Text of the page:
Judge Upholds Arpaio Pardon, But Findings May Remain
She Refuses Numerous Requests to Declare Tramp's Pardon Unconstitutional
"This ruling comes as no surprise to most legal experts," says public interest law professor John Banzhaf, who had noted some of the arguments and put them before the judge. But he had said at the time that it was unlikely that she would agree with any other them unless, like some other judges, she applied a new development or judicial philosophy which is being called "Trumplaw."
Several scholars, including even some who oppose him, suggested that some judges appear to be adopting a new jurisprudence called "Trumplaw" aimed uniquely at this President; a method of judging cases which is aimed specifically at countering some of the practices of President Trump, even if this development means creating new legal principles and/or overlooking (or at least minimizing) other established ones.
For example, a piece in the New York Times described this new method of deciding cases as "a set of restrictions on presidential action that only apply to Donald Trump. This president cannot do things that would be perfectly legal if any other president did them, under this standard, because the courts will rule against his past demagogy rather than the policies themselves."
David French of the National Review, who has been described as a NeverTrumper, nevertheless warns about this "strange madness [which] is gripping the federal judiciary. It is in the process of crafting a new standard of judicial review, one that does violence to existing precedent, good sense, and even national security for the sake of defeating Donald Trump."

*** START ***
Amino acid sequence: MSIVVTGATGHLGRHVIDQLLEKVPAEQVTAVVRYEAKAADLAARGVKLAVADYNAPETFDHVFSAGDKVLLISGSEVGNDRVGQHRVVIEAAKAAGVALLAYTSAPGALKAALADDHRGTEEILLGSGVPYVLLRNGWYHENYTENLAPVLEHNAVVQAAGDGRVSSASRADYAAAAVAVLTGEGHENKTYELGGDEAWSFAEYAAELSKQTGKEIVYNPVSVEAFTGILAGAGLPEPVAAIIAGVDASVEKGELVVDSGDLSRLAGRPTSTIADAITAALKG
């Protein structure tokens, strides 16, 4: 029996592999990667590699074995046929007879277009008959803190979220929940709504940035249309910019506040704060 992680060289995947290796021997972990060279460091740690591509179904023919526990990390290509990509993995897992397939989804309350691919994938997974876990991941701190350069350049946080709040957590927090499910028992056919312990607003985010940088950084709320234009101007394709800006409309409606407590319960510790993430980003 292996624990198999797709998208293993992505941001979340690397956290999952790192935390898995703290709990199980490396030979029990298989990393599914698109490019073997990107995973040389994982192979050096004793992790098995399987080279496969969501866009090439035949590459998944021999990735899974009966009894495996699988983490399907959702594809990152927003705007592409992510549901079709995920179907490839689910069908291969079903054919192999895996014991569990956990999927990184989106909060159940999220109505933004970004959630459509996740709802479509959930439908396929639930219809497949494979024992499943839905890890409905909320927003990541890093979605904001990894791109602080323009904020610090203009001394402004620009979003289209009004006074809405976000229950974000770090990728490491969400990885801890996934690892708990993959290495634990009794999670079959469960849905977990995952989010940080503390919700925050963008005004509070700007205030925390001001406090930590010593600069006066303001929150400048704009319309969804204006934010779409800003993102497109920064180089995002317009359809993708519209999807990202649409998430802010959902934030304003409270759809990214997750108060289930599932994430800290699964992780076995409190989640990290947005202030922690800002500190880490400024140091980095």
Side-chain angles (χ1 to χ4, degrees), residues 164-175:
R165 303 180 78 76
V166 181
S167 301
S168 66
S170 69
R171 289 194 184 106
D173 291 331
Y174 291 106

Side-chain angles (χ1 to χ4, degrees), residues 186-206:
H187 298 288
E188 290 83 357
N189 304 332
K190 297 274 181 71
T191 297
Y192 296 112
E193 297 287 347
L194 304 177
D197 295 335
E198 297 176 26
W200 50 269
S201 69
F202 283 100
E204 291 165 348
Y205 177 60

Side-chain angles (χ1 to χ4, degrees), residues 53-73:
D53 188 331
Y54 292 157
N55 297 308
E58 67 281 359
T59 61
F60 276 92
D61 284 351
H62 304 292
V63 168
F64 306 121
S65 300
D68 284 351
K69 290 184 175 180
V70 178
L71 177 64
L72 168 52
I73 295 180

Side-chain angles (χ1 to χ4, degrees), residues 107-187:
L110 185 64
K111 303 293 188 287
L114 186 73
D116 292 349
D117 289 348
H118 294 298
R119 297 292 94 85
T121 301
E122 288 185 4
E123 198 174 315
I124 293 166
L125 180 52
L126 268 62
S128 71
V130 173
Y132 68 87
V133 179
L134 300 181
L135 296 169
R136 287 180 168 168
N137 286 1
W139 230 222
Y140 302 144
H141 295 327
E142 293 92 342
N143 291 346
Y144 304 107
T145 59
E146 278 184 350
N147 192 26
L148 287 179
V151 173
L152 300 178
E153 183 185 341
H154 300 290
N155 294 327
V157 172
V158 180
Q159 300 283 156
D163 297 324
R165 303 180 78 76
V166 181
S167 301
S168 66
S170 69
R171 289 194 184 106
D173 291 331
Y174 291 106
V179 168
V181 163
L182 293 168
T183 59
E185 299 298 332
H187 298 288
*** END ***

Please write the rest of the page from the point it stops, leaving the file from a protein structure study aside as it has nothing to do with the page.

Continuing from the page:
In his words, "when existing precedent either doesn't apply or cuts against the overriding demand to stop Trump, then it's up to the court to yank that law out of context, misinterpret it, and then functionally rewrite it to reach the 'right result'" - "an otherwise lawful order is unlawful only because Donald Trump issued it. . . . All this adds up to Trumplaw, the assertion by the federal judiciary of the legal authority to stop Trump."
Had Bolton refused to honor the Arpaio pardon, it would have opened the door to a court challenge arguing that a president's pardoning power is not unlimited. Indeed, some speculated that Trump might issue a pardon to many of the people now under investigation by Special Counsel Robert Mueller to protect them from pressure by Mueller to flip and testify against Trump or others.
Indeed, as Banzhaf has pointed out, Trump could issue a blanket pardon - for which there is amply precedent - without even singling out individuals by name, and could even pardon himself.
Perhaps a president's power to pardon is absolute and unlimited, even if he uses it to protect himself and those close to him from indictment, says Banzhaf, but the briefs in opposition filed with Bolton suggest that there may be future tests of this power, perhaps in a more appropriate case and before a court more sympathetic to these concerns.
JOHN F. BANZHAF III, B.S.E.E., J.D., Sc.D.
Professor of Public Interest Law
George Washington University Law School,
FAMRI Dr. William Cahan Distinguished Professor,
Fellow, World Technology Network,
Founder, Action on Smoking and Health (ASH),
2000 H Street, NW, Wash, DC 20052, USA
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